The ZMax Grips are currently a 26″ only model, and are offered only in the 26×2.0 size. I tested the ZMax Grip 2.0 WCS edition which retails for $59.95, but the tire is also offered in a cheaper Comp model which retails for $29.95 and weighs 100 grams more than the WCS.
The ZMax is light which is no surprise considering its size and the fact that it is tubeless ready. As UST tires are typically much heavier, tubeless ready allows for a light tire that can still be run with a tube, or run tubeless as long as you use a sealant. While running the ZMax Grips I used my go-to sealant, Stan’s Tire sealant, which I have had great luck with many tires sealing anything from thorn punctures, to large cuts, to light sidewall tears (notice the foreboding?). When I set out to test the ZMax grips, as mud tires, I was looking for 5 things: mud shedding, penetration through deep mud to find traction, grip over greasy roots and rocks, durability, and all around confidence on the trail. When I say that I typically don’t ride a lot in the rain, it isn’t for lack of skill or desire. In fact, I feel that I’m pretty good in the wet (as long as I have the right clothes, right Tyler?).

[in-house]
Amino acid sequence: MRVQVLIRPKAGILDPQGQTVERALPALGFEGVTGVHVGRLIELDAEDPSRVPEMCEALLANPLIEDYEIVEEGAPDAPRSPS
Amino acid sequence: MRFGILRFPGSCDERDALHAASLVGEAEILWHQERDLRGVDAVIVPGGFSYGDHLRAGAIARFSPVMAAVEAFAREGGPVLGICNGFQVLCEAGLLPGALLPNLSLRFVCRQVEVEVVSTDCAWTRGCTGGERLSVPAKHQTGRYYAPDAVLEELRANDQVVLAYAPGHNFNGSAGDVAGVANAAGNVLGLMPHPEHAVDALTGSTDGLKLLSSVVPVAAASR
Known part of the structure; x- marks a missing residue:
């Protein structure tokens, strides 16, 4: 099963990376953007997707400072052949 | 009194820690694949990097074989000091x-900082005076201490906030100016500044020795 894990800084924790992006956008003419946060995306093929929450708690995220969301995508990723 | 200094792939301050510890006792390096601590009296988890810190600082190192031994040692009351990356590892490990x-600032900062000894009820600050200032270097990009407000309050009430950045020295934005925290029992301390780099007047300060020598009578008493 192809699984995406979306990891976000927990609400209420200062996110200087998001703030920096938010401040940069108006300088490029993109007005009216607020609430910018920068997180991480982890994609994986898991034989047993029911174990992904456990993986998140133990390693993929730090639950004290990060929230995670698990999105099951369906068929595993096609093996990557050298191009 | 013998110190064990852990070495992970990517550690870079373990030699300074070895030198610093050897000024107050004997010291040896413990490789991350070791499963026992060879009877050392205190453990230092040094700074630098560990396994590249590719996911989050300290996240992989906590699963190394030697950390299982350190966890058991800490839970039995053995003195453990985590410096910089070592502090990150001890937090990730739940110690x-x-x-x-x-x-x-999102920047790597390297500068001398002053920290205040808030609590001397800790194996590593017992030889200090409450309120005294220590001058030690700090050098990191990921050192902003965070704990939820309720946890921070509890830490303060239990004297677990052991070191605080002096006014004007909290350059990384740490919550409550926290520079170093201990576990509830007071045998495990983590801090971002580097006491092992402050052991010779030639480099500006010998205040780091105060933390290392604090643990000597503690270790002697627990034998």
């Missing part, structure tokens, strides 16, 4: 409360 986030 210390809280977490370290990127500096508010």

(Ed. – Ha! Yeah, dress like ya know!)
My immediate impression of the ZMax Grips as soon as they touched the mud was “whoa, these things are a handful.” Keep in mind that I didn’t touch the trail until I had ridden a few miles on the road to intentionally scrub off any mold release, to ensure the tires were at optimal grip. Unfortunately, that feeling of being out of control with the tires choosing the line for me, never really went away. This out of control feeling was only compounded by the tires slipping and sliding on roots and downed logs, which seemed more prevalent than what I am used to.
To make things even worse, on my first ride out on the ZMax’s it was wet enough that on many of the climbs, instead of propelling me forward, the Zmaxs dug straight down into the earth causing me to have to get off and walk. Honestly, the conditions were horrible so it is hard to place all of the blame on the tire, yet on the second ride there were similar issues, which were improved upon with a different tire, but we’ll get to that.